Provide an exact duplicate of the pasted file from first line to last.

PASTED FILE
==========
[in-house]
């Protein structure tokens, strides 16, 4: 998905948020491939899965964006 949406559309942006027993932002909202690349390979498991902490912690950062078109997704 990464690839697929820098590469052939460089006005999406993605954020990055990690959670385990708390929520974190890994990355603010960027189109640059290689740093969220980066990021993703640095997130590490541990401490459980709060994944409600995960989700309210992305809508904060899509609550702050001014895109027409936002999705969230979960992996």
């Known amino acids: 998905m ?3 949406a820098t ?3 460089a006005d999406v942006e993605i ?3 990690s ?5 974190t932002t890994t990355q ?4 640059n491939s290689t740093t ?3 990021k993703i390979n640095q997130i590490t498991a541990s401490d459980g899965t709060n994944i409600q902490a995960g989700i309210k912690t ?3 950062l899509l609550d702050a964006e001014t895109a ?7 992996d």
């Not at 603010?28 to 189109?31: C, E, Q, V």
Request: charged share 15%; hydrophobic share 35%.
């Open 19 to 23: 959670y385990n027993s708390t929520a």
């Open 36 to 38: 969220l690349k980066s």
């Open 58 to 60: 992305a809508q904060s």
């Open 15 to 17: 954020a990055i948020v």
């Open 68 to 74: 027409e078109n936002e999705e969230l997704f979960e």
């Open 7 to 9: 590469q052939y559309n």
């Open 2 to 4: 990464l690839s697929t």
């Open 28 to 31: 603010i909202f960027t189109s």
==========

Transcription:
[in-house]
């Protein structure tokens, strides 16, 4: 998905948020491939899965964006 949406559309942006027993932002909202690349390979498991902490912690950062078109997704 990464690839697929820098590469052939460089006005999406993605954020990055990690959670385990708390929520974190890994990355603010960027189109640059290689740093969220980066990021993703640095997130590490541990401490459980709060994944409600995960989700309210992305809508904060899509609550702050001014895109027409936002999705969230979960992996």
């Known amino acids: 998905m ?3 949406a820098t ?3 460089a006005d999406v942006e993605i ?3 990690s ?5 974190t932002t890994t990355q ?4 640059n491939s290689t740093t ?3 990021k993703i390979n640095q997130i590490t498991a541990s401490d459980g899965t709060n994944i409600q902490a995960g989700i309210k912690t ?3 950062l899509l609550d702050a964006e001014t895109a ?7 992996d």
């Not at 603010?28 to 189109?31: C, E, Q, V």
Request: charged share 15%; hydrophobic share 35%.
């Open 19 to 23: 959670y385990n027993s708390t929520a």
């Open 36 to 38: 969220l690349k980066s």
């Open 58 to 60: 992305a809508q904060s």
């Open 15 to 17: 954020a990055i948020v």
């Open 68 to 74: 027409e078109n936002e999705e969230l997704f979960e």
């Open 7 to 9: 590469q052939y559309n």
């Open 2 to 4: 990464l690839s697929t």
């Open 28 to 31: 603010i909202f960027t189109s």